Advanced Search
MyIDEAS: Login

Micro and Macro Data Integration: The Case of Capital

In: A New Architecture for the U.S. National Accounts

Contents:

Author Info

  • Randy A. Becker
  • John Haltiwanger

Abstract

Micro and macro data integration should be an objective of economic measurement as it is clearly advantageous to have internally consistent measurement at all levels of aggregation – firm, industry and aggregate. In spite of the apparently compelling arguments, there are few measures of business activity that achieve anything close to micro/macro data internal consistency. The measures of business activity that are arguably the worst on this dimension are capital stocks and flows. In this paper, we document, quantify and analyze the widely different approaches to the measurement of capital from the aggregate (top down) and micro (bottom up) perspectives. We find that recent developments in data collection permit improved integration of the top down and bottom up approaches. We develop a prototype hybrid method that exploits these data to improve micro/macro data internal consistency in a manner that could potentially lead to substantially improved measures of capital stocks and flows at the industry level. We also explore the properties of the micro distribution of investment. In spite of substantial data and associated measurement limitations, we show that the micro distributions of investment exhibit properties that are of interest to both micro and macro analysts of investment behavior. These findings help highlight some of the potential benefits of micro/macro data integration.

(This abstract was borrowed from another version of this item.)

Download Info

If you experience problems downloading a file, check if you have the proper application to view it first. In case of further problems read the IDEAS help page. Note that these files are not on the IDEAS site. Please be patient as the files may be large.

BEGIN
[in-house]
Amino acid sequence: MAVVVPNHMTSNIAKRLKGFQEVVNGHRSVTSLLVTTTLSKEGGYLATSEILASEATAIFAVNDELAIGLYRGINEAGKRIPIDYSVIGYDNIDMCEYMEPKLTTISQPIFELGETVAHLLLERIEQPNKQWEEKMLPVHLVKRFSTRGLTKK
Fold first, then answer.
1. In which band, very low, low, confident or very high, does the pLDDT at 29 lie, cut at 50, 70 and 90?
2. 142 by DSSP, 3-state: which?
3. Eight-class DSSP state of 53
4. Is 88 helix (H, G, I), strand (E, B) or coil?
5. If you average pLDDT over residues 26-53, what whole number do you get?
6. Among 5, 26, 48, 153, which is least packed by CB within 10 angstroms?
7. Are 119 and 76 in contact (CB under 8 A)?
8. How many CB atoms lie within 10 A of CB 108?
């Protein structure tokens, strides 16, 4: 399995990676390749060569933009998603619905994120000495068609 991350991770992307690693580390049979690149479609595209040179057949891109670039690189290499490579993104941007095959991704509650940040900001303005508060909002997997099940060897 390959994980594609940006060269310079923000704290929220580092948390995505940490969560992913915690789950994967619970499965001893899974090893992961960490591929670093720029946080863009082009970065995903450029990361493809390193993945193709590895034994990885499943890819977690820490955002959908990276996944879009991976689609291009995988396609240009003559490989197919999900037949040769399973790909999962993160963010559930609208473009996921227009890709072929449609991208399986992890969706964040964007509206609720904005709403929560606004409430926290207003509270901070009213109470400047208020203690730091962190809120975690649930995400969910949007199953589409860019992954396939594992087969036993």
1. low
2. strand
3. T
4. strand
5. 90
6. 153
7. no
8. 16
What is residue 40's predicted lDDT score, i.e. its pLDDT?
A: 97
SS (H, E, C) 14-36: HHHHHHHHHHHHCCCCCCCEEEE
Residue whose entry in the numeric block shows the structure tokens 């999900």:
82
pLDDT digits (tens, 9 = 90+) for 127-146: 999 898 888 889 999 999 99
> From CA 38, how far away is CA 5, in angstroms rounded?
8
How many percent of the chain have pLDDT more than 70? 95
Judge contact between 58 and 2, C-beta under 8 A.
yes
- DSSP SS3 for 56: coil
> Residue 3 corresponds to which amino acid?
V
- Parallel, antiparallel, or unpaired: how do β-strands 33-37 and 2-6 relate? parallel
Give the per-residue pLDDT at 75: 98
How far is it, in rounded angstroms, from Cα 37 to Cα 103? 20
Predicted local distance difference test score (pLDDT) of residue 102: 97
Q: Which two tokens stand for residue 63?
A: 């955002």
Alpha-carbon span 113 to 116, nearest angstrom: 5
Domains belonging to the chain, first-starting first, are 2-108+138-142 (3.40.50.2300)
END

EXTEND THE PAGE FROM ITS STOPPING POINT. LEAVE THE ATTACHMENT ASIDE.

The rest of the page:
File URL: http://www.nber.org/chapters/c0146.pdf
Download Restriction: no

Bibliographic Info

as in new window

This chapter was published in:

  • Dale Jorgenson & J. Steven Landefeld & William D. Nordhaus, 2006. "A New Architecture for the U.S. National Accounts," NBER Books, National Bureau of Economic Research, Inc, number jorg06-1, May.
    This item is provided by National Bureau of Economic Research, Inc in its series NBER Chapters with number 0146.

    Handle: RePEc:nbr:nberch:0146

    Contact details of provider:
    Postal: National Bureau of Economic Research, 1050 Massachusetts Avenue Cambridge, MA 02138, U.S.A.
    Phone: 617-868-3900
    Email:
    Web page: http://www.nber.org
    More information through EDIRC

    Related research

    Keywords:

    Other versions of this item:

    References

    References listed on IDEAS
    Please report citation or reference errors to , or , if you are the registered author of the cited work, log in to your RePEc Author Service profile, click on "citations" and make appropriate adjustments.:
    as in new window
    1. Daniel Wilson, 2004. "Investment Behavior of U.S. Firms Over Heterogenous Capital Goods: A Snapshot," Working Papers 04-19, Center for Economic Studies, U.S. Census Bureau.
    2. Russell W. Cooper & John C. Haltiwanger, 2000. "On the Nature of Capital Adjustment Costs," NBER Working Papers 7925, National Bureau of Economic Research, Inc.
    3. Daniel Wilson, 2003. "Embodying Embodiment in a Structural, Macroeconomic Input-Output Model," Economic Systems Research, Taylor & Francis Journals, vol. 15(3), pages 371-398.